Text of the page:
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Pleasant Valley Wine Company
K. L.Sullivan

Pleasant Valley Wine Company also known as Great Western Winery, located in Hammondsport, New York has a long history to stand behind its wines. Today it is known as the first bonded winery in United States history. Several of its buildings are on the National Register of Historic Places.

Prohibition had a major affect on the Keuka Lake wineries. In 1919, before the start of Prohibition, there were 29 wineries in the Hammondsport area. Three years later only three wineries were still in operation. They were producing wine juice and sacramental wine.

Today Pleasant Valley Wine Company produces 256,000 cases of wine each year. Ten percent of the wine is sold out of their visitors center and 90 percent is sold retail. Ninety percent of the grapes used in their wines are from the Finger Lakes region.

Visitors should look for the sign for The Great Western Winery Visitor Center. This Visitor Center has a museum, large tasting area and retail store. When we arrived we met our guide, Pat Centofinti, an enthusiastic sherry lover, who took us on a short drive to the buildings built in the 1800’s.


The first section built in 1861, has a different stone construction compared to the additions added on a few years later. Our first stop was in a stonewall room where several large redwood barrels are stored. Currently if wine was added to these barrels, the wine would leak out due to the drying of the wood. According to Pat, these redwood tanks can be renewed and used if they undergo steam treatment for two to three days. The steam moisturizes the wood and expands the wood forcing a tight fit between the staves. Since Federal law protects redwood trees today, it is important to keep these redwood tanks, for possible use in the future.

Continuing on our tour, we saw an unusual shaped door. Pat told us that during Prohibition coopers’ skills were not needed to make barrels. Anticipating that Prohibition would eventually end, the winery wanted to keep its experienced coopers. The coopers put their skills to good use by making doors, and elegant dark wood staircases. When those jobs were complete, they began making furniture. We passed through one room where a large table and several chairs were seen which had been made by coopers.

In another room, we saw three huge redwood tanks. Two of the tanks are aging sherry. The third tank is empty but maintained. If one of the tanks begins to leak, the remaining wine is pumped into the third tank. Other large diameter stainless steel tanks are a short distance away. Pat noted how heavy these filled tanks are and that in order to sustain the weight the building is on solid rock.

Proceeding on the tour, we came to a small room with hose connections and hoses. Red hoses transport red wine; white hoses are for white wine. This room is similar to a “command center” as wine can be pumped anywhere in the winery from this center. There is one other “command center” in the winery.


We saw a champagne storage area. Pat explained that the bottles were empty and went on to explain that beginning in 1873, workers had to be paid a bonus to work in these rooms because of the danger of bottles exploding. At that time, glass technology did not make glass bottles resistant to the high pressure of champagne.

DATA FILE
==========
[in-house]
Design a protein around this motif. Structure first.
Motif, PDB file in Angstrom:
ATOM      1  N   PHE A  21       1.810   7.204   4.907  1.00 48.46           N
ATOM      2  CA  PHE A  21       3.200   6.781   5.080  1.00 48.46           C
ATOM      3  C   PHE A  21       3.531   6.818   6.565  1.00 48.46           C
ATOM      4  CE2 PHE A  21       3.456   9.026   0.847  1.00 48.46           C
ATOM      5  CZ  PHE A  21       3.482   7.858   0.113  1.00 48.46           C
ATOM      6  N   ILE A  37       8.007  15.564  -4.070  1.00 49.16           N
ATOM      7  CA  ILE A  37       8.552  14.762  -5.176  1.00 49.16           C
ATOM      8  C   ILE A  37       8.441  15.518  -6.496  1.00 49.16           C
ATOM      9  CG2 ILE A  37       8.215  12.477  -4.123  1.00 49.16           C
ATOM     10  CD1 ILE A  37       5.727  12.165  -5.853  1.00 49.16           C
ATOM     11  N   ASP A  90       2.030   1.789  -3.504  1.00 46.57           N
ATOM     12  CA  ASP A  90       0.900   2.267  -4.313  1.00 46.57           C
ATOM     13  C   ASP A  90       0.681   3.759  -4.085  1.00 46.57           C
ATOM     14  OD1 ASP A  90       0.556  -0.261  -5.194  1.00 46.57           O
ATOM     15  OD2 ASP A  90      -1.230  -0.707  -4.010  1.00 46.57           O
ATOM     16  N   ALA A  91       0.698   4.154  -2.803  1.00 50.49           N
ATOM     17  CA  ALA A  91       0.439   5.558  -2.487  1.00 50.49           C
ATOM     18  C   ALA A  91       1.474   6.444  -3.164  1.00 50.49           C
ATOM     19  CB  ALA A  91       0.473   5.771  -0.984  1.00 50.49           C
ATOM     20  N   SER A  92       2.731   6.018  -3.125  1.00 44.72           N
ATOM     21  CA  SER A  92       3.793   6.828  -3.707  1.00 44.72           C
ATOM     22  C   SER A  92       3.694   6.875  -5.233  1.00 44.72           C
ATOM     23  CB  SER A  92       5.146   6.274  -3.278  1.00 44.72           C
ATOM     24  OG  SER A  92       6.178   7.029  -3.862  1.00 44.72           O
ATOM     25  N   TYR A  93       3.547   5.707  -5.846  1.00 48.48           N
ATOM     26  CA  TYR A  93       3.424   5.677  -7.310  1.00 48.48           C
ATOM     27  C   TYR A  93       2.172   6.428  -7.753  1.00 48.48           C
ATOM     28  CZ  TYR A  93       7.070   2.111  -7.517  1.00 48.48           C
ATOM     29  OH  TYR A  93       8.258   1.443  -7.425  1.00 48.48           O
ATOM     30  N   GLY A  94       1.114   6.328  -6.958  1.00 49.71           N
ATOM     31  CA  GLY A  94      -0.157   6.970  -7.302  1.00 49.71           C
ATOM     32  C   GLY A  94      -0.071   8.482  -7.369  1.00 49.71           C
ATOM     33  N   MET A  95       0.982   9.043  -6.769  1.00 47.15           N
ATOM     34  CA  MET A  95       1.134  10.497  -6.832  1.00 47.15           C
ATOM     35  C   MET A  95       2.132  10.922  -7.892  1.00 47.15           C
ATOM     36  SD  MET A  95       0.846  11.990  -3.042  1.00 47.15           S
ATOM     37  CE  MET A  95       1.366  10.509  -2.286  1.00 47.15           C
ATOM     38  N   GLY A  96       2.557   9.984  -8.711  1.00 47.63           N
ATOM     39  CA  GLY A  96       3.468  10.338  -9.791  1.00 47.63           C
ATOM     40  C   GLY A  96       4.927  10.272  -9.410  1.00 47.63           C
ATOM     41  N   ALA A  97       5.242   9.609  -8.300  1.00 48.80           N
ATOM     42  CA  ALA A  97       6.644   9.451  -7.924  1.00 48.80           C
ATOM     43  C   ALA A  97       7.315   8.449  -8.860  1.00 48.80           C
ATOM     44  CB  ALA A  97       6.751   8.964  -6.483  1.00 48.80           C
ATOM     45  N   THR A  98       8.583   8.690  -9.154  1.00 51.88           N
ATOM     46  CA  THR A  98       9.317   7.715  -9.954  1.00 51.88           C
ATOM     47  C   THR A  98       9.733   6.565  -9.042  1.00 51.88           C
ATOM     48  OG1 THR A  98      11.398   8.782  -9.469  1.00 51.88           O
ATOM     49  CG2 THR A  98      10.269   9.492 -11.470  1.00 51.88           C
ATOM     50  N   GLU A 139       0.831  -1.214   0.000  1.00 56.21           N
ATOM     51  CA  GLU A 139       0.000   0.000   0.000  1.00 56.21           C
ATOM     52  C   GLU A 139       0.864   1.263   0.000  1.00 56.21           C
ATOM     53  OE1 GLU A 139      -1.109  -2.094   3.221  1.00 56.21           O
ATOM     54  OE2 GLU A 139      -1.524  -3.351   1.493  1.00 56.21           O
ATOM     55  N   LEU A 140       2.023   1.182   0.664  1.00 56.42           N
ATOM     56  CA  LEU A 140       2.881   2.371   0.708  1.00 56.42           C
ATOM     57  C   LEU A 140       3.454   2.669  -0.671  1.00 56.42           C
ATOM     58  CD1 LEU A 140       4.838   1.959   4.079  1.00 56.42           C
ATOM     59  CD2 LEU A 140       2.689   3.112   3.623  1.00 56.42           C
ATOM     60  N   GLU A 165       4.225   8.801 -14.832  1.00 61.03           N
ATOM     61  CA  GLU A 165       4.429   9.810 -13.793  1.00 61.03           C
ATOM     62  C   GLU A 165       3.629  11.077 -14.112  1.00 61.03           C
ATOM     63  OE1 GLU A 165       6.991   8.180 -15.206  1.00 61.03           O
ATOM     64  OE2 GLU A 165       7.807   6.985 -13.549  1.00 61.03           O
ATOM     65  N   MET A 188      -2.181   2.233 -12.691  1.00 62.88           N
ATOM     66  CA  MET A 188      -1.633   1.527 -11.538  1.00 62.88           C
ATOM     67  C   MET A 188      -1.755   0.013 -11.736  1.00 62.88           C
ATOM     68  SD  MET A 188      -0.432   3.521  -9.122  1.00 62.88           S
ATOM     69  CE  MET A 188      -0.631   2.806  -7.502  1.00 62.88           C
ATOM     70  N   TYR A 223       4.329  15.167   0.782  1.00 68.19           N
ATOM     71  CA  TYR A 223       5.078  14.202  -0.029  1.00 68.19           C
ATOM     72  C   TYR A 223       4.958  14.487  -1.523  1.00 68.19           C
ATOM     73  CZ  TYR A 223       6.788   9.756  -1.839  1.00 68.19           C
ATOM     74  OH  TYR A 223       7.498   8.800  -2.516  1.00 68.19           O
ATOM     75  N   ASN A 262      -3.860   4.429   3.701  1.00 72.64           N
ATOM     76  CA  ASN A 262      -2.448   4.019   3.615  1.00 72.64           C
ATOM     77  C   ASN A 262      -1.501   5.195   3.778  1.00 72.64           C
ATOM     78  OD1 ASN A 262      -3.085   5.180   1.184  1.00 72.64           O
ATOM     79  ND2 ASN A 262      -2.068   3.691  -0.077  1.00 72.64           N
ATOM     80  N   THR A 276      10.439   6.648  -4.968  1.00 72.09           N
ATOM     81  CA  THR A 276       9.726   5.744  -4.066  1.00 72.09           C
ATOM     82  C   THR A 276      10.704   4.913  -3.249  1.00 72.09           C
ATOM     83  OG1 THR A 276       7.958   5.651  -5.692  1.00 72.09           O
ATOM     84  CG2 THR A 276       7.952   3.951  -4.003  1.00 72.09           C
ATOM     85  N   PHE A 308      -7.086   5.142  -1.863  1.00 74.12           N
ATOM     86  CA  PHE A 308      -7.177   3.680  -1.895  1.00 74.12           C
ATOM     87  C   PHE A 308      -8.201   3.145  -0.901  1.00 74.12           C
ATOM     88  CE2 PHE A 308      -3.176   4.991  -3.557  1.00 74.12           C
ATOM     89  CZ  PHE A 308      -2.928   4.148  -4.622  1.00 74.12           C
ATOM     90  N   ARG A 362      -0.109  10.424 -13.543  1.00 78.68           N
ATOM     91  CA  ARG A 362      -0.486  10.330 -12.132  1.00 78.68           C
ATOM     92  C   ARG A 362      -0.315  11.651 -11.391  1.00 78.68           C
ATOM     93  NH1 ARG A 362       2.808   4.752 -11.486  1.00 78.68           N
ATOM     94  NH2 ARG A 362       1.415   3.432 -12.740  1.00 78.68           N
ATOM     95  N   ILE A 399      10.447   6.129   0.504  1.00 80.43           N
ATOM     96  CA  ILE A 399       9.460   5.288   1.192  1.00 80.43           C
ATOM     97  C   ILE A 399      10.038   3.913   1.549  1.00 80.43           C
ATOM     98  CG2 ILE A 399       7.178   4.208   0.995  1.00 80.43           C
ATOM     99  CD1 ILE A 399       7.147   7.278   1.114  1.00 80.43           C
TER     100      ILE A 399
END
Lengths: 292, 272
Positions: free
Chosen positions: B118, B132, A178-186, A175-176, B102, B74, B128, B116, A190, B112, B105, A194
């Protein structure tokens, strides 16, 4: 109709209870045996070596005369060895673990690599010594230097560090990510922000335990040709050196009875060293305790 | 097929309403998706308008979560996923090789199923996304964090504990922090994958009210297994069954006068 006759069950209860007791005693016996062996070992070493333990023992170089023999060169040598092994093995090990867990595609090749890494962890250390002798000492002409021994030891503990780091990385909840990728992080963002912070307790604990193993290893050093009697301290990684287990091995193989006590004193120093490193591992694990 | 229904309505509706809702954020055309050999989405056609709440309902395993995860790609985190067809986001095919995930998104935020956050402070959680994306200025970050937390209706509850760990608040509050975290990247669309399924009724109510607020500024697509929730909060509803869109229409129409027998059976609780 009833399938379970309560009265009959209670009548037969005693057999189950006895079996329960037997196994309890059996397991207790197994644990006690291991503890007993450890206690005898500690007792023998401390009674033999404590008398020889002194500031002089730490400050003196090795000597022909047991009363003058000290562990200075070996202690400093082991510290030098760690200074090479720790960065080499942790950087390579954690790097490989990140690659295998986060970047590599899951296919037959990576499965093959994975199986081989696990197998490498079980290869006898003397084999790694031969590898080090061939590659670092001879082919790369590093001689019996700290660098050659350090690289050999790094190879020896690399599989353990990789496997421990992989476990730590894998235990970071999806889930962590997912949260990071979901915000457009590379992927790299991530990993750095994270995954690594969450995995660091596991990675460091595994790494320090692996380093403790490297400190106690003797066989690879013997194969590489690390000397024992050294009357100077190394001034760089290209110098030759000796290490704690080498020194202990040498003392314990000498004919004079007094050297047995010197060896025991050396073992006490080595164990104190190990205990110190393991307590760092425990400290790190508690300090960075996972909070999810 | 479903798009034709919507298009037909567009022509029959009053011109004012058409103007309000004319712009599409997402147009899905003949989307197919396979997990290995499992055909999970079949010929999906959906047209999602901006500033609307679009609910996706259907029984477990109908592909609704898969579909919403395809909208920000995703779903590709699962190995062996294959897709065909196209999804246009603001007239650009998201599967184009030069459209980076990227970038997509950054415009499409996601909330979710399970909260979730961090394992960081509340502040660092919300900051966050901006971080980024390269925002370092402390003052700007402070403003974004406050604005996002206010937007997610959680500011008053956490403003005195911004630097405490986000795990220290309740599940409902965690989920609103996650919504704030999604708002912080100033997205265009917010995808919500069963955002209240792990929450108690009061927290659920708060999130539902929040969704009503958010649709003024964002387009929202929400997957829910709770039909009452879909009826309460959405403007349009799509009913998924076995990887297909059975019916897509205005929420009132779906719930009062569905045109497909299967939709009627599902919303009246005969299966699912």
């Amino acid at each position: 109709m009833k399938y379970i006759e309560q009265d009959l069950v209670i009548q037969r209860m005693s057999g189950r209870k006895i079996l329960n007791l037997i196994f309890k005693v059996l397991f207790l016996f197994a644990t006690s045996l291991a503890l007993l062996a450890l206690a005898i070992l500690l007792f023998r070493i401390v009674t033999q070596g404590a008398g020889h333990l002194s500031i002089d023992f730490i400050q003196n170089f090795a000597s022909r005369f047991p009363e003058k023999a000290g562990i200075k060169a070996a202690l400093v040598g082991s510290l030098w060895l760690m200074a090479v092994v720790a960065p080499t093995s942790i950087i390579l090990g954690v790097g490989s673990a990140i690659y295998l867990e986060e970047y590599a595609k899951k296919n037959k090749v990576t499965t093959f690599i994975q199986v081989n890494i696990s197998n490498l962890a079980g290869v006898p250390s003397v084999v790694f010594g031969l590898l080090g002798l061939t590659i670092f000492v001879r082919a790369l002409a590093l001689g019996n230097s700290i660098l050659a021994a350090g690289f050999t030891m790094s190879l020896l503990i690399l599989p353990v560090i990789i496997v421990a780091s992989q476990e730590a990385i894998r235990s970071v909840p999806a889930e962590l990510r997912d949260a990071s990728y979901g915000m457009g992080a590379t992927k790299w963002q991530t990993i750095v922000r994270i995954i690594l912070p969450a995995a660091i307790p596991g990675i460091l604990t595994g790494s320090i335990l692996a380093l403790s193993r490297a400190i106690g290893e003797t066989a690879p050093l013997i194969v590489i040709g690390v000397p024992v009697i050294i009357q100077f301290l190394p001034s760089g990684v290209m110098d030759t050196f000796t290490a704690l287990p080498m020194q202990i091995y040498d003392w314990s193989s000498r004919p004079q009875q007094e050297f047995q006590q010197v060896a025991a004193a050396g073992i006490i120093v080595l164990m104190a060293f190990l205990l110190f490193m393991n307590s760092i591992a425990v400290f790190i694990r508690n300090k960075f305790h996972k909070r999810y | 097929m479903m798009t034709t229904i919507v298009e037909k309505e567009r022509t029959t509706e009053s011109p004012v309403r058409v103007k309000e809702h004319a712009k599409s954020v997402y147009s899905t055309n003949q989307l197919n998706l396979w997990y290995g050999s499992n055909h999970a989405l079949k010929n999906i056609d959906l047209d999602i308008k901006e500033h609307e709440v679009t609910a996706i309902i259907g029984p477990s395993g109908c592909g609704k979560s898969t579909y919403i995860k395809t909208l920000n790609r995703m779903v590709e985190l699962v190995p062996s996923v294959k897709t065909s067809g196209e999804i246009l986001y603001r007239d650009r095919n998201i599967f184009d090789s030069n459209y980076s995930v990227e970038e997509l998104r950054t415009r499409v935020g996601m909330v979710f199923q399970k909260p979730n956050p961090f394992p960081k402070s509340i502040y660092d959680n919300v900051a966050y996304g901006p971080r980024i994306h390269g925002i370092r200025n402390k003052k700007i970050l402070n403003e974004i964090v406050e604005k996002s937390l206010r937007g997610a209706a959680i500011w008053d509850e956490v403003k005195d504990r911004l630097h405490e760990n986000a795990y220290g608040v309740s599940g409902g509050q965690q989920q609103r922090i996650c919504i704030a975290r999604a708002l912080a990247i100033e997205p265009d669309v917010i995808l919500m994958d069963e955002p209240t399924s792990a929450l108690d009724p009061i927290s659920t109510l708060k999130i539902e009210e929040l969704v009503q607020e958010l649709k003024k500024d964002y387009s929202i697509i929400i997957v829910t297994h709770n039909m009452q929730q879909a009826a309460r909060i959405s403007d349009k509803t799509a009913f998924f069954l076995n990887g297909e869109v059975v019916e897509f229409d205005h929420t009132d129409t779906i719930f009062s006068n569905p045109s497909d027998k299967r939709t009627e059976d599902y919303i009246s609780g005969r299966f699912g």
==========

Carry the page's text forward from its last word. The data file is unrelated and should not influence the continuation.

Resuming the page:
Back at the tasting room, we tried several wines including Pleasant Valley Spumante, Delaware, Chocolate Lab and Port. The Spumante made as a sweet sparkling wine has a residual sugar of 8.0. The Delaware wine is sweet at almost 4% residual sugar. Delaware is a native American grape. Chocolate Lab is reminiscent of dark chocolate and has a chocolate aftertaste. It is made from the Concord grape but does not have the usual grape juice taste. Pat mixed the Chocolate Lab with the Blackberry Merlot and it was full of flavor and full bodied. Chocolate lovers should try the Chocolate Lab and experiment blending it with other wines.


Above the tasting bar is a beautiful stained glass image. The entire tasting room area is large and can accomodate many visitors.

Visitors to the winery often include those who are sweet wine drinkers, champagne drinkers, people who come to see their first big winery and those who come to see what is new. With more than 30 wines to choose from, there is something for everyone in the tasting room.

After our wine tasting, we were encouraged to tour the museum area of the tasting room. This is a self-guided museum and includes a large model with a running model train of the Champagne Trail. This is the train route from Bath to Hammondsport. Numerous pieces of old wine equipment and artifacts, some over 140 years old, are in the museum as well as a theater inside a very large barrel. On one glass-enclosed wall, historical articles are mounted. Information is also printed on the glass including, “The natural place for wine is beside a plate of food. Or in the food. Wine is made to complement food. The smells and flavors harmonize in ways that can be endlessly fascinating.”

Pleasant Valley Wine Company is definitely a winery you will want to visit. In addition, model train lovers will enjoy the model train “Champagne Trail.” This large winery will offer a different perspective on winemaking. With a long history of wine and more than 30 wines to choose from, there is something for everyone.

Pleasant Valley Wine Company
Hammondsport, New York




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